The truth is that on September 23, 2013, the Constitutional Tribunal of the Dominican Republic revoked the citizenship of all Dominicans of Haitian descent born inside its borders from 1929 to the present. The retroactive ruling left upwards of 50,000 Dominicans without a nationality.
The international uproar was overshadowed only by the surge of indignation in our own country. Neither the constitutional tribunal nor the rabid, newly-minted nationalists appeared amenable to reason. A fracas ensued. The Inter-American Commission on Human Rights intervened and so did the Organization of American States. Local political thinkers, journalists, writers, artists, and activists condemning the absurdity evacuated by the TC and defending the rights of Dominicans of Haitian descent, clashed with political leaders, thinkers, journalists, writers, and artists aligned with the opposite view. A man was hanged from a tree in the public square of a major town; a black man, a Haitian man. Bands of so-called patriots roamed rural paths, terrorizing Haitian women and evicting them from their shacks. The lives of renowned, respectable journalists were routinely and publicly threatened. Racists took to Twitter and Facebook. Foolish foreign intellectuals, as always, tried to ride the situation to gain personal luster, and looking to save the day made the situation worse.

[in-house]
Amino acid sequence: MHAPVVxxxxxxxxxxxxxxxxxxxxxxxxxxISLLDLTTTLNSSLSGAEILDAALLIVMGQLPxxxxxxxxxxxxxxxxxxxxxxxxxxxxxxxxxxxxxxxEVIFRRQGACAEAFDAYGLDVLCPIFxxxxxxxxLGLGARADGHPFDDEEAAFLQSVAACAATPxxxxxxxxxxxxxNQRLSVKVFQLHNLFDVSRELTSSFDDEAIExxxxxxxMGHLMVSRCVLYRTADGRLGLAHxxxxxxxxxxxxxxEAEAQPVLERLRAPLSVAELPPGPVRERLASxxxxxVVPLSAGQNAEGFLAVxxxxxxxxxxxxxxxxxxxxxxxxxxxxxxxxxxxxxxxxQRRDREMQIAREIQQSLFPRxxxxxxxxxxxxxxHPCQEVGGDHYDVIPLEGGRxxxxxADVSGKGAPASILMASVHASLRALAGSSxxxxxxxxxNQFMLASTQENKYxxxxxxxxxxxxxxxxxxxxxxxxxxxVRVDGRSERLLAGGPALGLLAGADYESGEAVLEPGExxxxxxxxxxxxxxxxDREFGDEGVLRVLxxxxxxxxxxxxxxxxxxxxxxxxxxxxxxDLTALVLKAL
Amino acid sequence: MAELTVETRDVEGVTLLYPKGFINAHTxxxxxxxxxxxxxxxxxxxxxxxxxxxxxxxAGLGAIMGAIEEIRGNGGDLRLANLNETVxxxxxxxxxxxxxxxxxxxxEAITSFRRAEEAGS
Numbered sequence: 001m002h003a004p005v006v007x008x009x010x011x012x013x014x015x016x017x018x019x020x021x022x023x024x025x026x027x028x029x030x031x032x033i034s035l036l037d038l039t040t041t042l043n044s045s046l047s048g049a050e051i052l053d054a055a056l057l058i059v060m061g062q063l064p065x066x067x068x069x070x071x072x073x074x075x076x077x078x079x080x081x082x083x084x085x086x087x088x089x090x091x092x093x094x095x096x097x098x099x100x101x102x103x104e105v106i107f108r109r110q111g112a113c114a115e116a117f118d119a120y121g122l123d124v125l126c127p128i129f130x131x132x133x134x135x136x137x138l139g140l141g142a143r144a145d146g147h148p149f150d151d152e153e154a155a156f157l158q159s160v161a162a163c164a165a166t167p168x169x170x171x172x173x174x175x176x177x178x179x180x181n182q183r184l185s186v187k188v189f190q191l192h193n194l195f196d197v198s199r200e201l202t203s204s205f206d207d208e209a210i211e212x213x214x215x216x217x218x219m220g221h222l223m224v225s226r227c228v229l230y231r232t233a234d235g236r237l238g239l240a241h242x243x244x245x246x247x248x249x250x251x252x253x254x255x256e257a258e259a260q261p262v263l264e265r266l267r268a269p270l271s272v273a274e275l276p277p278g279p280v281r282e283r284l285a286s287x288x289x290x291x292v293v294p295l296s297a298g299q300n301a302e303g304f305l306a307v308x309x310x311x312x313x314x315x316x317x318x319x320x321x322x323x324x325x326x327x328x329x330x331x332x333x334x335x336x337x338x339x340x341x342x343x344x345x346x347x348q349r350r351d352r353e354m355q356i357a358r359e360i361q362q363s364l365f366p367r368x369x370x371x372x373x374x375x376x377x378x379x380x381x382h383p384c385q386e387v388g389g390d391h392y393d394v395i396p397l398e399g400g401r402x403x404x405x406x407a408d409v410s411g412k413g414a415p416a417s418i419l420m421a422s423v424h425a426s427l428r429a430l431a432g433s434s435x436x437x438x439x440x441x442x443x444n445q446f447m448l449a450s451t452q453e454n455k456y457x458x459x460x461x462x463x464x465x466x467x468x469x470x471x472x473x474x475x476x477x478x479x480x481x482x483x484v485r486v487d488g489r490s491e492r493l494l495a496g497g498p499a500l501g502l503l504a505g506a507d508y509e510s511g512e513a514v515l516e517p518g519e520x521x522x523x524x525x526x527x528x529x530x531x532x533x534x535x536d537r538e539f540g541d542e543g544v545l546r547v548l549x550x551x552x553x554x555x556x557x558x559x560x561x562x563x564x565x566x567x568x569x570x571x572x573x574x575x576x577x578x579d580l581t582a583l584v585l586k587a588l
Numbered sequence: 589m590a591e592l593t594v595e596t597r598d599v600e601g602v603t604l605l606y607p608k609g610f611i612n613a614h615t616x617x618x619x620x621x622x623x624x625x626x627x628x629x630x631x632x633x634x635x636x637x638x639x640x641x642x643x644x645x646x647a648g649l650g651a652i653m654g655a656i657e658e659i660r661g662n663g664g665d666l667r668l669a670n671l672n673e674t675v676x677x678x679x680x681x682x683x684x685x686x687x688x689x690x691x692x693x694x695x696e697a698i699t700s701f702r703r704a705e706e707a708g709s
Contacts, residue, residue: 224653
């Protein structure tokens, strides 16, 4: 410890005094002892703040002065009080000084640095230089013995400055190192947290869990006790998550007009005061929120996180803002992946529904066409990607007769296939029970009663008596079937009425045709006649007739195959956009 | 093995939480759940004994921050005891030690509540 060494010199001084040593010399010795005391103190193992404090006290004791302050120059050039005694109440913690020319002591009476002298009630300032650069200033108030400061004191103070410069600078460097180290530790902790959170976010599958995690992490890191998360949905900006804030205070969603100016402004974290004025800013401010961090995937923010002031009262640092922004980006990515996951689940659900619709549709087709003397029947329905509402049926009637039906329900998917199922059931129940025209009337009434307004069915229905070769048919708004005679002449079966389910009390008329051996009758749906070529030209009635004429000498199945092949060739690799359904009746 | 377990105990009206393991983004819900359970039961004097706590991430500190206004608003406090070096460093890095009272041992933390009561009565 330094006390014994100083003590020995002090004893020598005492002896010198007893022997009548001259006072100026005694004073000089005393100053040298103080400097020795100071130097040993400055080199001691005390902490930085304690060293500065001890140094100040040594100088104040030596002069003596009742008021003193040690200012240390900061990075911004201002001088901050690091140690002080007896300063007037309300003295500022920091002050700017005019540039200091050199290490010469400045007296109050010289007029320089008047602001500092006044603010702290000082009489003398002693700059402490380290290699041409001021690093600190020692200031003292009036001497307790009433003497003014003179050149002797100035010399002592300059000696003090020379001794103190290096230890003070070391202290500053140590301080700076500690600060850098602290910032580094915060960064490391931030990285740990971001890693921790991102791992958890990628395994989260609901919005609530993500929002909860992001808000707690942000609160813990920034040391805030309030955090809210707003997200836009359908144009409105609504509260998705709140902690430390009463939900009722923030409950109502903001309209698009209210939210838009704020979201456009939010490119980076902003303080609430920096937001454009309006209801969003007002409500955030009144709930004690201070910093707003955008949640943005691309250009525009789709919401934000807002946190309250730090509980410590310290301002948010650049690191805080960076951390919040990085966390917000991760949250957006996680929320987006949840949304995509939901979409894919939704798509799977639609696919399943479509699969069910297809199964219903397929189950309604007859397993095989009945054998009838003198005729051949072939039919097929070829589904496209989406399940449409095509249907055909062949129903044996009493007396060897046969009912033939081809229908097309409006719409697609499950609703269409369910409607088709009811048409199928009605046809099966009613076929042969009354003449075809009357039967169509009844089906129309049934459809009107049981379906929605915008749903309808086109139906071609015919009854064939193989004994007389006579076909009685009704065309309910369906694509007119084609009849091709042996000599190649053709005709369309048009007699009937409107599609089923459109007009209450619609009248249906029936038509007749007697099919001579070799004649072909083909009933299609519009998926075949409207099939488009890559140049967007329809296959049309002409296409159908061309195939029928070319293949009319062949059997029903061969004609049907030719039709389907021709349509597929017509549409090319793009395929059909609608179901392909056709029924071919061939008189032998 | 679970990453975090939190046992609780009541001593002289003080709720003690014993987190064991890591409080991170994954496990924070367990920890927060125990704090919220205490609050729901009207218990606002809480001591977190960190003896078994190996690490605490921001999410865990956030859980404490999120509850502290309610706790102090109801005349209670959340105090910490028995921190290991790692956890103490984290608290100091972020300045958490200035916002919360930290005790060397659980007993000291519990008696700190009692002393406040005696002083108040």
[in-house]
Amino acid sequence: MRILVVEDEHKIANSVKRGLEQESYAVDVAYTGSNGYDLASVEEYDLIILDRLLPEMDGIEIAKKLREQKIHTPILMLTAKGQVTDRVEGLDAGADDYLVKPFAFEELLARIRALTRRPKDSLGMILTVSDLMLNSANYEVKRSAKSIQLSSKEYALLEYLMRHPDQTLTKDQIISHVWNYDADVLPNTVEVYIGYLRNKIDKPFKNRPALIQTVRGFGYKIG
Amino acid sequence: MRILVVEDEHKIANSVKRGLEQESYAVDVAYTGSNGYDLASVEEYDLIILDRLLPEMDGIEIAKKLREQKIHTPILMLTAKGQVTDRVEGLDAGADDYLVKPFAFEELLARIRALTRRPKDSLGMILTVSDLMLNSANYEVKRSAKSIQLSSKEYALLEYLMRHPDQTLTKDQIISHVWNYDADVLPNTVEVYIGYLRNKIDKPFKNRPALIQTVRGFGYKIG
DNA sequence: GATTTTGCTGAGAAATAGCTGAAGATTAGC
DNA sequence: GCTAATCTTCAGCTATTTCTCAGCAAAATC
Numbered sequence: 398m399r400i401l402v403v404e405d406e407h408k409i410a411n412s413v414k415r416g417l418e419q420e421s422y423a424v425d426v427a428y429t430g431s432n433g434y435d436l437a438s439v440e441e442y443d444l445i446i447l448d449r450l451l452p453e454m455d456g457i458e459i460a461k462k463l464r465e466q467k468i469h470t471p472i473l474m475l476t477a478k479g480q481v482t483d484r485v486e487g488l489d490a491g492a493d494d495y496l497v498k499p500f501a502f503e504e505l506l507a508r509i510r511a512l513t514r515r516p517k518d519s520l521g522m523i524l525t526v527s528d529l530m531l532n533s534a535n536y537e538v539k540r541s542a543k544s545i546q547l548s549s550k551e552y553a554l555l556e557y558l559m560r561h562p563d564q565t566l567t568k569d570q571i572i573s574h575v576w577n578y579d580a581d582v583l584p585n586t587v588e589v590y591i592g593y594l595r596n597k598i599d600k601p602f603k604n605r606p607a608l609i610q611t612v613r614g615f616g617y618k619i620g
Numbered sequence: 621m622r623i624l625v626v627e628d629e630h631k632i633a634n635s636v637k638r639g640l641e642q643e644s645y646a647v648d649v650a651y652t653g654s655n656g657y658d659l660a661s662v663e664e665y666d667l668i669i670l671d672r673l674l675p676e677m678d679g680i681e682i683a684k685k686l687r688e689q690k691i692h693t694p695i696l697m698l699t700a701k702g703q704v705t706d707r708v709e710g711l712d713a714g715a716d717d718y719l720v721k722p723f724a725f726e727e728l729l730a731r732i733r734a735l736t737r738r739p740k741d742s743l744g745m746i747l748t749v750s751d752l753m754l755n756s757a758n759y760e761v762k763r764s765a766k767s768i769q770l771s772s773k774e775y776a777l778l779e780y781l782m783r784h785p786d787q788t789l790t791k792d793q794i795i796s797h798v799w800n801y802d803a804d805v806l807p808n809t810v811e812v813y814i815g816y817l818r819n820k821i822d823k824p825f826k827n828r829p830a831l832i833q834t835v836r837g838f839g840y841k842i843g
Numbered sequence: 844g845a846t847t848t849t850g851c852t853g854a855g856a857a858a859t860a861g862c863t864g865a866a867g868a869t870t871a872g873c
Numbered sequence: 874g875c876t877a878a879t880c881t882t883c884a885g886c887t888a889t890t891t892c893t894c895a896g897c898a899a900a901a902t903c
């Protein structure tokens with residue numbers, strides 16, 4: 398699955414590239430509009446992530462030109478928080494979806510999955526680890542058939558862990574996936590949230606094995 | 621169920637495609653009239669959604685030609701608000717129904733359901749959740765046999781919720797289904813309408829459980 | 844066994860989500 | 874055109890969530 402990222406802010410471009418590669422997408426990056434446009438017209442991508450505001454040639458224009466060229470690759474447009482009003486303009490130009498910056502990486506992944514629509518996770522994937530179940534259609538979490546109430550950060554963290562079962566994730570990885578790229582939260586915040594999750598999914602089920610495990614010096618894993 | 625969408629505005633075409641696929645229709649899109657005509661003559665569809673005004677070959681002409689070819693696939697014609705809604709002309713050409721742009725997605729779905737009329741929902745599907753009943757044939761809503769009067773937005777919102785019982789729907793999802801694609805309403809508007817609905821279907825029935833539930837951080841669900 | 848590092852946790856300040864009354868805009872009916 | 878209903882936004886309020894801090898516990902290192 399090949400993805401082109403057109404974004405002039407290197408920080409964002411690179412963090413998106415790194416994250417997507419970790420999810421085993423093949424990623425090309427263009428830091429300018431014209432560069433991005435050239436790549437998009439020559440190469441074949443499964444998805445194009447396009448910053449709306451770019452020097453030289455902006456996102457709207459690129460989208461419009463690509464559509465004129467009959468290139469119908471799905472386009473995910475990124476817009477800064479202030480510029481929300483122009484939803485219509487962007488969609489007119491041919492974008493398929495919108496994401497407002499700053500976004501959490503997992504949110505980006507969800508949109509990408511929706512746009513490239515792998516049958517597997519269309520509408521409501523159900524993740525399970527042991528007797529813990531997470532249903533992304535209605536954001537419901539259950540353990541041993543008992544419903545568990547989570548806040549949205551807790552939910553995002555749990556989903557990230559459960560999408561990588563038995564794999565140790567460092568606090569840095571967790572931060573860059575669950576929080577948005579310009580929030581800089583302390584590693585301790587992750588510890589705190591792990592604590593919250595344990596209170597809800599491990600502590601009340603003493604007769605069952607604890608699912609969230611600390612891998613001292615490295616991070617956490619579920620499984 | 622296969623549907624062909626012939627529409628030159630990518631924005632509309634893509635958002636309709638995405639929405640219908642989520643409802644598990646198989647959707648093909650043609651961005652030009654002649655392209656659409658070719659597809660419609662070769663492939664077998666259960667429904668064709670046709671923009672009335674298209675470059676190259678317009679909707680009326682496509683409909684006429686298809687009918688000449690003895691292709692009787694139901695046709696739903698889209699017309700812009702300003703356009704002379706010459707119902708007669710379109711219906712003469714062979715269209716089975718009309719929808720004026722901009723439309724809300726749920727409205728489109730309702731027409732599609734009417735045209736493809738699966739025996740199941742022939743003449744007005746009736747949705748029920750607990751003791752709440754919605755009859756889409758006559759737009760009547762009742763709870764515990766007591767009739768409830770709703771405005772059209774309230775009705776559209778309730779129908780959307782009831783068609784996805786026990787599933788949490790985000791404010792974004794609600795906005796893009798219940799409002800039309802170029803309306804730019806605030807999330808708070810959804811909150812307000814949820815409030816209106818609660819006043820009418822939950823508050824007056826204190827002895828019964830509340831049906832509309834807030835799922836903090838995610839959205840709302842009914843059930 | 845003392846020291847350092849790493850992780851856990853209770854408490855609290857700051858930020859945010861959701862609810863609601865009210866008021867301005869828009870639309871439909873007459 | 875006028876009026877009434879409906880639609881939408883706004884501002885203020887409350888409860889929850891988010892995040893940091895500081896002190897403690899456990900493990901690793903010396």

Eventually the TC backpedaled, leaving in its wake a bureaucratic disaster we are still grappling with, and a border saddled with hundreds of refugees, unwelcome in both countries. Once more, the Dominican Republic and Haiti’s uneasy cohabitation became a heated topic of discussion, with both sides venting their frustration and anger in the language of conquest, extermination, and hate; with political elites on both sides taking advantage of the situation for circumstantial gain; and with both sides wasting yet another opportunity for self reflection, and for reaching out and empowering each other against the real oppressors.
That is the opportunity I want to reclaim with this site.
An interactive, serialized science-fiction novel
The Clarification Oral History Project is a narrative performance. An interactive, serialized science-fiction novel in blog form that explores Caribbean colorism, racism, and the colonial superstructures — those inherited from our old European masters, and the subscription renewal received from our new North American overlords — that provide us with the symbols, myths, and signifiers we use to comment on our experience of the world and relate to one another.
What emerges is a polyphonic oral history of a fictitious event called the Clarification. And although there are many characters arcs, the narrative keeps returning to the vicissitudes of our protagonist, Sylvie Petit-D’Or, “the Exception”.
All readers are encouraged, not only to suspend disbelief, but to actively step into whatever role they wish to assume — victim or witness — and comment, debate, interact, and even submit their own testimonies and criticism.
The result will appear in book form in the summer of 2018.
I believe this is a conversation that we must have and, barring a calamity of the magnitude described here, we won’t have it. And so, I wager all on our collective imagination. Assuming this did happen, what would happen? What would we say to each other?
April 16, 2016